I love fan art. It gives the amateurs amongst us a chance to put our own creative spin on an existing work while paying tribute to an artist that we admire. It’s interactive. It’s a form of homage. It helps Vaughan’s legacy live on.
And Vaughan’s cover of “Whatever Lola Wants” has spawned a lot of fan art. Some of it is a lot of fun. Some less so. Some, quite, frankly, a little weird. But it all helps us understand what Vaughan means to her fans, how they appropriate her voice to give voice to their own creativity and artistic vision, and what this in turn tells us about female sexuality, desire, and agency – ideas at the heart of Vaughan’s original.
The first, and by far most popular (with more than 1.2 million views to date) fan video I will discuss features a black and white animation of a woman lip syncing to Vaughan’s rendition of “Lola.” We can only see the woman’s head as she enacts a series of carefully choreographed yet provocative moves. The white face of the performer, who goes by the username gypsysomerset, is in stark relief to the black background. It’s a bold use of positive and negative space that creates the impression that the performance is taking place in the shadows. That it’s almost illicit.
I have to admit, the first time I saw this, the academic in me immediately thought of Eric Lott’s work in Love and Theft on blackface minstrelsy and desire. According to Lott blackface minstrelsy was a parody of blackness that simultaneously fulfilled the desire of white performers for the “other.” It’s all about racial desire. A desire to explore, experience, and embody blackness. To try it on for size, then return to daily life as a white person.
Now, I doubt that gypsysomerset was thinking, consciously at least, about racial desire when she made this video. It’s more likely that she loved Vaughan’s performance of a sexy, empowered woman who gets what she wants. This is what gypsysomerset wanted to try on for size. But, ironically enough, I’m not convinced that the woman she portrays is actually bold or empowered. She’s anonymous and coy, her gaze averted with only strategic glances into the camera. It’s as if gypsysomerset falls back upon conventional notions of female sexuality, and in the process encourages, albeit inadvertently, a certain kind objectification.
The next video features the Satin Dollz, a dance troupe inspired by 1940s-style pinup girls, lip syncing and reimaging Vaughan’s “Lola.” It’s a collection of vignettes that evoke a nostalgia for the musicals and USO stage shows of the past, and perhaps even a former way of life. It’s slick with high production values and most definitely not an amateur undertaking.
On the surface, the video takes the objectification of women up a notch. After all, pinup girls (along with the cheesecake photos they so often appeared in) were meant to be looked at, admired, and desired, all in the service of patriotism. I wonder, however, if this video is also a playful sendup of this same tradition. A wink or an ironic twist. The dance moves are exaggerated. The seduction is over the top. The men are literally chasing Lola, her powers of seduction mesmerizing. And Lola is performed by a rotating cast of women, each representing a different “type” of pinup girl. It’s a clever marketing strategy by the Satin Dollz, but it also sends a larger message: that there are many kinds of Lolas. All women can embody Lola as voiced by Vaughan, and each is capable of getting what she wants. This in itself is empowering and allows these pinup girls take back their agency.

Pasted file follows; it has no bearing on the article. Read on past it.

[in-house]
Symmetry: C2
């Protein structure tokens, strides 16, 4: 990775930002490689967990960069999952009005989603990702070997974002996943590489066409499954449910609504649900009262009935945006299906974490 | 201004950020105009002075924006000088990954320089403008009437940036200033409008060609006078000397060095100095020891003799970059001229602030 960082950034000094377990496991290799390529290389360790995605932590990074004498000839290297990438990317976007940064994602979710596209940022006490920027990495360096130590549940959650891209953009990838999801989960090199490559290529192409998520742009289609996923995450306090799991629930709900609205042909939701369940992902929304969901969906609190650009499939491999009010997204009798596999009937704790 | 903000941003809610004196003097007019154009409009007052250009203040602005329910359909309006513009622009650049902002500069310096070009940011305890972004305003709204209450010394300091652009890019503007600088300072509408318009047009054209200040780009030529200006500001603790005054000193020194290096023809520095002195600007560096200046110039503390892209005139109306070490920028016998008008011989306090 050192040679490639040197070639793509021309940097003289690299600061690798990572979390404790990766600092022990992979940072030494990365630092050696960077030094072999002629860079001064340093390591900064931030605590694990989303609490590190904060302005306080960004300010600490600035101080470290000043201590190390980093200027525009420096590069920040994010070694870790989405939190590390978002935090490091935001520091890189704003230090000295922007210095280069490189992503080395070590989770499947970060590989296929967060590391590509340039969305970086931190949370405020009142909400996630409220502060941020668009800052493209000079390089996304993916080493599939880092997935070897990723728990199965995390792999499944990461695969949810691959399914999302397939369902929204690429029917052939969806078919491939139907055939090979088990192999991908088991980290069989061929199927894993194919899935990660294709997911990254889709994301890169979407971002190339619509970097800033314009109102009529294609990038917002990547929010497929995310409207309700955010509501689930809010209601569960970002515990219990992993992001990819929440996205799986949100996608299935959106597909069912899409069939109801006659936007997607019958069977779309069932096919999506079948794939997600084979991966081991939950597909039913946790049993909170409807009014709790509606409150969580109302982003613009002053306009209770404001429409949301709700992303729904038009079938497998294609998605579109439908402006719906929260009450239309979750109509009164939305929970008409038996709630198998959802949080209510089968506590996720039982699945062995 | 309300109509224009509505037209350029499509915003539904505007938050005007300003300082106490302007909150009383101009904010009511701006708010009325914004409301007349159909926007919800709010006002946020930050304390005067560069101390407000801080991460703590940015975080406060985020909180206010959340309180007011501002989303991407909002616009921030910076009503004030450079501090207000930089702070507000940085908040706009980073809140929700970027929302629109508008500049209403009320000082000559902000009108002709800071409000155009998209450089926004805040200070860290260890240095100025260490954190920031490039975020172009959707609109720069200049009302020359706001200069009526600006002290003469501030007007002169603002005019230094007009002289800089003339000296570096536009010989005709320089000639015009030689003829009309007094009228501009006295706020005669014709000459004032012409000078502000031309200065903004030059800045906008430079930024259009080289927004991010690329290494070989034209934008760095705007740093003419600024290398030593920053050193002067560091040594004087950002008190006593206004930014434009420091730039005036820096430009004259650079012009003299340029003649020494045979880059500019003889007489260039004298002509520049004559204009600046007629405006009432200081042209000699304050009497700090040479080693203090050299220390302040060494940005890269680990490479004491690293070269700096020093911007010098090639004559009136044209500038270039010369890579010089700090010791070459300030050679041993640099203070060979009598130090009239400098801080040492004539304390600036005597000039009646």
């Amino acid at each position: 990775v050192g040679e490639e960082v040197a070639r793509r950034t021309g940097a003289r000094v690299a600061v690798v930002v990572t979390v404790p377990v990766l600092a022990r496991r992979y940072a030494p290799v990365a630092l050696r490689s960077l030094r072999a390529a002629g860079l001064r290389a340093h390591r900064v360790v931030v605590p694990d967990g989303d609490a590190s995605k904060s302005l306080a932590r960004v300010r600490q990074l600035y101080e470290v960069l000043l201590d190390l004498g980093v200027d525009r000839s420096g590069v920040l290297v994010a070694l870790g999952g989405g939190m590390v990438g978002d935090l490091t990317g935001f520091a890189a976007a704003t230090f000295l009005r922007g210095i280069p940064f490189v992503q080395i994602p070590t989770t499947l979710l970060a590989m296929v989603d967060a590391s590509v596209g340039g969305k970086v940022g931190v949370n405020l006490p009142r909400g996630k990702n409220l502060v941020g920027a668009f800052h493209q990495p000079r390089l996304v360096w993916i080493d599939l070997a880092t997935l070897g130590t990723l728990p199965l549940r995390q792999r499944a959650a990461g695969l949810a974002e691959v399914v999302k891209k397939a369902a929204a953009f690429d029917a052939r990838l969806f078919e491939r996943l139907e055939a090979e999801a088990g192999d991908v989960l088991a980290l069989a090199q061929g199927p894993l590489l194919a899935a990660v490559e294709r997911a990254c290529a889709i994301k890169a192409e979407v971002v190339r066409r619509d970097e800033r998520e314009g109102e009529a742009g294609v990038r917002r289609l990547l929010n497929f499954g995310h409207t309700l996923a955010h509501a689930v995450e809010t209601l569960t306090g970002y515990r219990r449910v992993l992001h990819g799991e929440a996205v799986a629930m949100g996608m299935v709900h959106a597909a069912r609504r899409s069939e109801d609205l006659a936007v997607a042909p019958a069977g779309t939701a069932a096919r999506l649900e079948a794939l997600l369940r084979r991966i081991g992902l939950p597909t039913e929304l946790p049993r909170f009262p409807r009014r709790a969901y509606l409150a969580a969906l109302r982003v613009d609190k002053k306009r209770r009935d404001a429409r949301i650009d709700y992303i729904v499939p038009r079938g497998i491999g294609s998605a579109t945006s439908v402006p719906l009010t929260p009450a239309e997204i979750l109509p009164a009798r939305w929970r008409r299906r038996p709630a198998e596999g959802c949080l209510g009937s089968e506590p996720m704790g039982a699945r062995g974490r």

The next fan video veers into bizarre, slightly creepy territory. It begins with an image of a white man wearing sunglasses, presumably the video’s creator serdar yasar, with his head floating on the screen. This is followed by a stream of photos of scantily clad women, some celebrities and others models, in the foreground with nature scenes in the background (footage of geysers erupting and hummingbirds feeding feature prominently). It is all accompanied by the Gotan Project Remix of Vaughan’s “Lola.” It’s pretty weird.
This video has nothing to do with female empowerment or Lola getting what she wants. The women are static. They do not speak. Nor do they pursue the man, rather they are the objects of desire. This video is all about the male gaze, the man who created it, and by extension its viewers, and their desire to ogle and admire women from afar. It’s a return to the status quo, and the agency, power, and boldness so skillfully personified by Vaughan’s Lola has been stripped away.
The final fan video I’ll discuss is
something completely different. It doesn’t feature lip syncing or a montage of
images with Vaughan’s “Lola” as a soundtrack. Instead it is an original
performance that uses the same accompanying tracks, karaoke style, as Vaughan’s.
Jovel Johnson has a lovely voice. And it is refreshing to hear a performer use Vaughan’s “Lola” as a foundation and source of inspiration, instead of simply co-opting Vaughan’s voice. Johnson captures the spirit of the original while giving voice to her own agency and artistic vision. She makes the tune her own, and this is a joy to watch.